"But you like the bed made." She smoothed out the sheets and pulled the comforter over the top.

"You don't. I'm not leaving you over an unmade bed, Dais.”

While Daniel traded the crutches for his leg, she plopped onto the bed and pulled the quilt into her lap.

This is what it comes down to, right? Either she believed him or she didn't.


Sublease Agreement: Day 7

Daisy perched on the edge of the dining room table, leaned over, and tapped the screen to save the document Daniel was scowling at. She tipped the laptop cover shut. “You’ve been at this for hours. Give it a break.” 

“It shouldn’t be this hard to remember everything,” he complained, leaning back in the chair with a wince. He rubbed his forehead with two fingers, a sure sign of a headache.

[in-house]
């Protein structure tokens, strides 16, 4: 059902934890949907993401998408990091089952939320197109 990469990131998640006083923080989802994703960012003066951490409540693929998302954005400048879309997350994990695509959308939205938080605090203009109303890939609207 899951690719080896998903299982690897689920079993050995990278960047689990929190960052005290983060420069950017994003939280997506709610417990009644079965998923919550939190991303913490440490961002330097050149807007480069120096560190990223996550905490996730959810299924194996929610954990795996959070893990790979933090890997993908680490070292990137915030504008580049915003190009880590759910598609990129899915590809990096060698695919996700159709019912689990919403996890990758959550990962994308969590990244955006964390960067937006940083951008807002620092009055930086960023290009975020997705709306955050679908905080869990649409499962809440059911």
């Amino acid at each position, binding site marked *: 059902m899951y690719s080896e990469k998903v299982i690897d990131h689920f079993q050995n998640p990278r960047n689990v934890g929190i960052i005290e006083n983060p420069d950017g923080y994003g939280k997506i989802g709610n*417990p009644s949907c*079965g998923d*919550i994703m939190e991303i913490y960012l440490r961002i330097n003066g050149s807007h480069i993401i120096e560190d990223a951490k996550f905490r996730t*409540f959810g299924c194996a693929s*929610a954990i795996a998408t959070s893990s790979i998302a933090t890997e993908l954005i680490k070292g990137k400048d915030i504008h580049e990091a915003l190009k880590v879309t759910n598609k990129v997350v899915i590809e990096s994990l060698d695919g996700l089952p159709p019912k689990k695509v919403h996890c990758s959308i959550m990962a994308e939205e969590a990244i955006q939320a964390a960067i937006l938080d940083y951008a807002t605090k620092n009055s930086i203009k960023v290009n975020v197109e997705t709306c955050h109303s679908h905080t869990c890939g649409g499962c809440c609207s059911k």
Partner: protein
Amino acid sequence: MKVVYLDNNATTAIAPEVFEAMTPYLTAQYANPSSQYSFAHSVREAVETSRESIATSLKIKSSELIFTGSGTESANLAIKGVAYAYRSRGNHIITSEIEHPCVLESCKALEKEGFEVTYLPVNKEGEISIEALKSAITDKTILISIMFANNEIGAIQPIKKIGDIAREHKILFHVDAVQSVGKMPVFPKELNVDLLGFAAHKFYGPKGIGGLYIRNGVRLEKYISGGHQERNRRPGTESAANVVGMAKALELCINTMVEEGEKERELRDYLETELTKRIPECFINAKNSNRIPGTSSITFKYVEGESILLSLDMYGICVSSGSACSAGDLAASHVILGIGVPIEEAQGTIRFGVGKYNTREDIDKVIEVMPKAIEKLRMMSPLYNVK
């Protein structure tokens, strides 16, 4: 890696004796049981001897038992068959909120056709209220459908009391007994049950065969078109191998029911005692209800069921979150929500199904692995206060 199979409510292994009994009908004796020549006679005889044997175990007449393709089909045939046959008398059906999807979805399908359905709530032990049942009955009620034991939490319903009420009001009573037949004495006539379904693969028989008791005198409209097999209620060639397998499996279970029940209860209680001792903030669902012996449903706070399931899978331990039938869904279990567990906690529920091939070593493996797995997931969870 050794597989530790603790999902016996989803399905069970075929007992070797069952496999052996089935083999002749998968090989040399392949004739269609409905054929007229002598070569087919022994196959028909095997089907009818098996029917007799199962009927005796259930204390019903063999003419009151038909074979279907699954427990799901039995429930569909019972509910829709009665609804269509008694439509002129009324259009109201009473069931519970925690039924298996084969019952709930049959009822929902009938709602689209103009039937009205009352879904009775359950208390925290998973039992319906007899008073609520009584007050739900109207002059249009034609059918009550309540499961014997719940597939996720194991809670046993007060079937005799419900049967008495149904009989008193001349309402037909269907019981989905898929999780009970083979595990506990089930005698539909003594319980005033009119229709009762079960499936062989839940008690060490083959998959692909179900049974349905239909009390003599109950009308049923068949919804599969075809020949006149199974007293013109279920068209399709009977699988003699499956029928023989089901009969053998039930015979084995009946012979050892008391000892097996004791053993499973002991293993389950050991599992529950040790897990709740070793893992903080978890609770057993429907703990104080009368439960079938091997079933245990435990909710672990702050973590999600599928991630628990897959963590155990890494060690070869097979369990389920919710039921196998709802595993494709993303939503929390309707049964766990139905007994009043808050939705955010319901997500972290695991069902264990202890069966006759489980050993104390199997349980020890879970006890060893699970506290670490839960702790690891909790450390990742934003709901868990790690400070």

“You’ll get there.” 

“In my time, I would have had this report done in a couple of hours. There was one … what’s the word ... font.  A tab key and a return. This thing--” he waved at the computer, “The formatting is … complicated.” 

“It is. And you’ll get it done,” she encouraged. 

Daniel leaned back in his chair, crossing his arms over his chest. “I used to think I was pretty good at tech.” 

“You’re doing okay for an old guy,” Daisy teased. “You’ve got texting down pat.”

Though that elicited a small smile, he rubbed his forehead again. “I’ve got so much to learn.” 

“Yes, you do. But it doesn’t all have to be at once.” She reached for his hand and slid off the table. “How do you feel about going out for drinks?” 

Daniel brightened. “Are you asking me on a date?” 

“I am.” 

“What should I wear?” 

“Jeans. We’re going out to Santa Monica Pier to play skee ball and ride all the carnival rides.”